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Corned beef two ways for St. Paddy's Day

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By Judyrae Kruse
Herald Columnist
Judyrae Kruse is taking some well-earned time off. Here is an encore column from March 2009.

Come Sunday, will you be all set to blow the dust off your "Danny Boy" CD and put a pot of corned beef on the stove?
So far, so good, then. But don't forget the go-withs, certainly tatties and neeps (potatoes and turnips), and possibly some cabbage and carrots, too. Diced, sliced, halved or quartered as appropriate to each vegetable, you can add them to the pot at the proper time, about 45 minutes before the corned beef is done, and supper's ready!
Or cook them separately, for that matter. (They're not as good, though.)
Of course, if cabbage doesn't really do it for you, feel free to scratch it right off the list, thereby making it possible to build this American-Irish St. Patrick's Day dinner tradition in one fell swoop in a crockpot.
Easy, peasy, too. Delicious to the nth degree, besides. Naturally, we will use the time-honored, vastly superior corned beef recipe Everett cook Arlene Snell originally shared with us in a Jan. 23, 1988, Forum column.
(By the way, if you know what's good for you, never deviate from Arlene's list of ingredients or even briefly think about using some ugh, "other" recipe.)
That said, let me also say I'm taking the liberty of adding my very own conversion for crockpotting this whole-meal deal.
Arlene Snell's spicy corned beef
3-4 pound corned beef brisket
1 orange, unpeeled, sliced
1 large onion, peeled and quartered
2 ribs celery, halved
2 cloves garlic, peeled and quartered
1 teaspoon dill seed (see note)
1/2 teaspoon rosemary, crushed (see note)
6 whole cloves (see note)
1 large stick cinnamon (see note)
1 bay leaf (see note)
Light corn syrup
In large kettle or saucepan, cover corned beef with water; add orange, onion, celery, garlic, dill seed, rosemary, cloves, cinnamon stick and bay leaf. Cover, bring to boiling, reduce heat and simmer (do not boil) 1 hour per pound of meat, or until meat is tender.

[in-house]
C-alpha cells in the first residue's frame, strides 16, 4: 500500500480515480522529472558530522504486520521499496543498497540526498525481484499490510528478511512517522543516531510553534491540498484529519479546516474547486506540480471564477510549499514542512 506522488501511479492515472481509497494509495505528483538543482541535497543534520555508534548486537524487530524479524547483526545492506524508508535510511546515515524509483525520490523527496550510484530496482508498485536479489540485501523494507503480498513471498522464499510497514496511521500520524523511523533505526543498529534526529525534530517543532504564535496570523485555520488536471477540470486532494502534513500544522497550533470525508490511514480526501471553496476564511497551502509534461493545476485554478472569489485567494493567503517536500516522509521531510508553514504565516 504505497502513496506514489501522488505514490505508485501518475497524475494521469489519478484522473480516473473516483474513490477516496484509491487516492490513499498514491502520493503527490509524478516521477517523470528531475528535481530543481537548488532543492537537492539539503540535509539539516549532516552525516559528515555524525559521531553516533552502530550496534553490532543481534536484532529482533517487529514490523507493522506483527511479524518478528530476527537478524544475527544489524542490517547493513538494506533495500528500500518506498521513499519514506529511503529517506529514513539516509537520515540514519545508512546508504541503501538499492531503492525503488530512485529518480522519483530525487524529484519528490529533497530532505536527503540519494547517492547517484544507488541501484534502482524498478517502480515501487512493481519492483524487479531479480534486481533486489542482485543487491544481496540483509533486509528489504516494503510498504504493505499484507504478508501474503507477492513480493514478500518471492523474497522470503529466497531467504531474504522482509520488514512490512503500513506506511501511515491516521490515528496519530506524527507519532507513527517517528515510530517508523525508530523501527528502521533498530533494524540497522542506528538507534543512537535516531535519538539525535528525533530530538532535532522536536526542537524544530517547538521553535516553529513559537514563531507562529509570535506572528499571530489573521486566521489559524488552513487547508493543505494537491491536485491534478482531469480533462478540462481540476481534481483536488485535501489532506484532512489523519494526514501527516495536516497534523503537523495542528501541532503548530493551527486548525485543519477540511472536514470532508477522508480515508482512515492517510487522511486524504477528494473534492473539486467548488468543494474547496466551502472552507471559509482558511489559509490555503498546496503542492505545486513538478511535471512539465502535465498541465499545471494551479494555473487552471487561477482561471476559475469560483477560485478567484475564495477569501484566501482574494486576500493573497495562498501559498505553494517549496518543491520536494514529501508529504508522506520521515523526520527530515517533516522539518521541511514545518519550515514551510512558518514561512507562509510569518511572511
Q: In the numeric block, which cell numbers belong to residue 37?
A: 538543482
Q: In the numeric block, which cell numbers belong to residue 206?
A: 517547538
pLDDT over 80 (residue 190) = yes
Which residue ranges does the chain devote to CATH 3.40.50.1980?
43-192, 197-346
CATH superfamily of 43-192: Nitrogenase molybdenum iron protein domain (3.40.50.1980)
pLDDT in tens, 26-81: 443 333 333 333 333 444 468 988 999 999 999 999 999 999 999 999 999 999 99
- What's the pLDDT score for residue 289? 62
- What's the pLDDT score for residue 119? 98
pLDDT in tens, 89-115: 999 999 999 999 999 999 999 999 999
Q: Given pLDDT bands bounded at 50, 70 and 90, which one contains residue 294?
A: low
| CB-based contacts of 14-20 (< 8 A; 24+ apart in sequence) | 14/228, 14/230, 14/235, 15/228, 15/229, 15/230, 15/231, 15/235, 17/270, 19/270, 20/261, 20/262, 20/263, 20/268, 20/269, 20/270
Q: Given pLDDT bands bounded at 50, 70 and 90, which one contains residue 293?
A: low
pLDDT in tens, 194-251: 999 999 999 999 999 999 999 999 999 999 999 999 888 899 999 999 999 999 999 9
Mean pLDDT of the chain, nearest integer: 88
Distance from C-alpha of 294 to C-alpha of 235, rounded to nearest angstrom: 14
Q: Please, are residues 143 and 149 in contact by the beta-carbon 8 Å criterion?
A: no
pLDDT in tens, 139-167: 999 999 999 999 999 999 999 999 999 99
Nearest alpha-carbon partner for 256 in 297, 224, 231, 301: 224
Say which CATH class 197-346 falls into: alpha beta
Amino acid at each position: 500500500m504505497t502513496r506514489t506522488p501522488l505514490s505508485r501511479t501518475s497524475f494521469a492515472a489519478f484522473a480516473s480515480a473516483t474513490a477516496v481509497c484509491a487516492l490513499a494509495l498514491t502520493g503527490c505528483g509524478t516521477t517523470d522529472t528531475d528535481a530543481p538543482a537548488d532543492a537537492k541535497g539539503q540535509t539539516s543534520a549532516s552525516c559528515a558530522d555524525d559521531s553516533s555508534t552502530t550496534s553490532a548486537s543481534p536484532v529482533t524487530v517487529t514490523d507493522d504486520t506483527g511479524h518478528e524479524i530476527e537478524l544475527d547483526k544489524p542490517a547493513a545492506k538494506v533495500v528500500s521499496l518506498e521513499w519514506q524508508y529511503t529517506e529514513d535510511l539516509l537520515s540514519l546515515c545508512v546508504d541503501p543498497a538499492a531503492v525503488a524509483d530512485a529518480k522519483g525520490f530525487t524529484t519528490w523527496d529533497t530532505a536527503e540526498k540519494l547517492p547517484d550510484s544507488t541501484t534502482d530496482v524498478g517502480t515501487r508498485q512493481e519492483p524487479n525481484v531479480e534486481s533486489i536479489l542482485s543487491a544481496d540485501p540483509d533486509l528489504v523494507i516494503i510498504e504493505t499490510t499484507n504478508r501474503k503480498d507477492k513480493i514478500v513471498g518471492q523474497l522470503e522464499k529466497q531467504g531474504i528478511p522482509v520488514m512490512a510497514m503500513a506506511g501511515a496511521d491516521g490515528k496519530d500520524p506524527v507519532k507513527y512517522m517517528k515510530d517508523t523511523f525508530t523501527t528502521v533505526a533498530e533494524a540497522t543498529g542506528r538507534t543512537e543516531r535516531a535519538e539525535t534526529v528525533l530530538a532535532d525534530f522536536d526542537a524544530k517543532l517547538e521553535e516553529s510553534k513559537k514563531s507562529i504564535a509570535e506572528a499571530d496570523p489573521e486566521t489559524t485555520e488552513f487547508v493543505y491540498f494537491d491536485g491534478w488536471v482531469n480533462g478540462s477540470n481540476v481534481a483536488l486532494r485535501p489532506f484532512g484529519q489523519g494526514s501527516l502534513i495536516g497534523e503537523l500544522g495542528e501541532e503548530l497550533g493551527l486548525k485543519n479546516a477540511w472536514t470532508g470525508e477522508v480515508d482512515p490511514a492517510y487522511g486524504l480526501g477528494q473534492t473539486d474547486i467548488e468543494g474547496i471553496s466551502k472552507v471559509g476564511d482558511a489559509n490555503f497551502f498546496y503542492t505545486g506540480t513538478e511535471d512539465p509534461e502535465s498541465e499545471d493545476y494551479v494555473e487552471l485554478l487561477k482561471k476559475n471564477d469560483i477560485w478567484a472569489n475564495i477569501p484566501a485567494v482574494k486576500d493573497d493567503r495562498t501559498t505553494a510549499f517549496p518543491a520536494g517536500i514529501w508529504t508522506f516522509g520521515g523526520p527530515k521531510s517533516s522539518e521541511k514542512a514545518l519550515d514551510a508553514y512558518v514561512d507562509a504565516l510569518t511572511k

Remove meat from liquid. Immediately brush with corn syrup to glaze. Serve at once or cool, then wrap and chill.
To carve, slant knife and cut meat in thin slices across the grain. Makes 6 to 8 servings.
Kruse crockpot conversion
4-6 medium-large Yukon gold potatoes, peeled and quartered
4-6 carrots, peeled and cut in 1-inch chunks
2-4 turnips, peeled and cut in thirds
1 teaspoon dill seed
1/2 teaspoon rosemary leaves
6 whole cloves
1 large stick cinnamon (see note)
1 bay leaf
Cheesecloth and string
3-4 pound corned beef brisket
1 orange, unpeeled, cut with 3 or 4 deep slashes
1 large onion, peeled and halved
2 ribs celery, quartered
2 cloves garlic, peeled and thinly sliced
Arrange potatoes, carrots and turnips on bottom of 6-quart crockpot. Turn dill seed, rosemary leaves, cloves, cinnamon stick and bay leaf onto a large square (leave room for expansion) of cheesecloth, gather into a bundle, tie with the string, and add to crockpot.
Put the brisket on top of the vegetables and tuck the orange, onion halves and celery quarters around the meat.
Sprinkle with the garlic and add enough water to cover. Cover crockpot and cook on low 9 to 10 hours. When done, lift meat from crockpot and slice as directed above. Arrange meat and vegetables on a warmed platter and serve immediately.
Makes 4 servings.
The next Forum column will appear in Wednesday's Good Life section.
Story tags » HolidaysCookingFood

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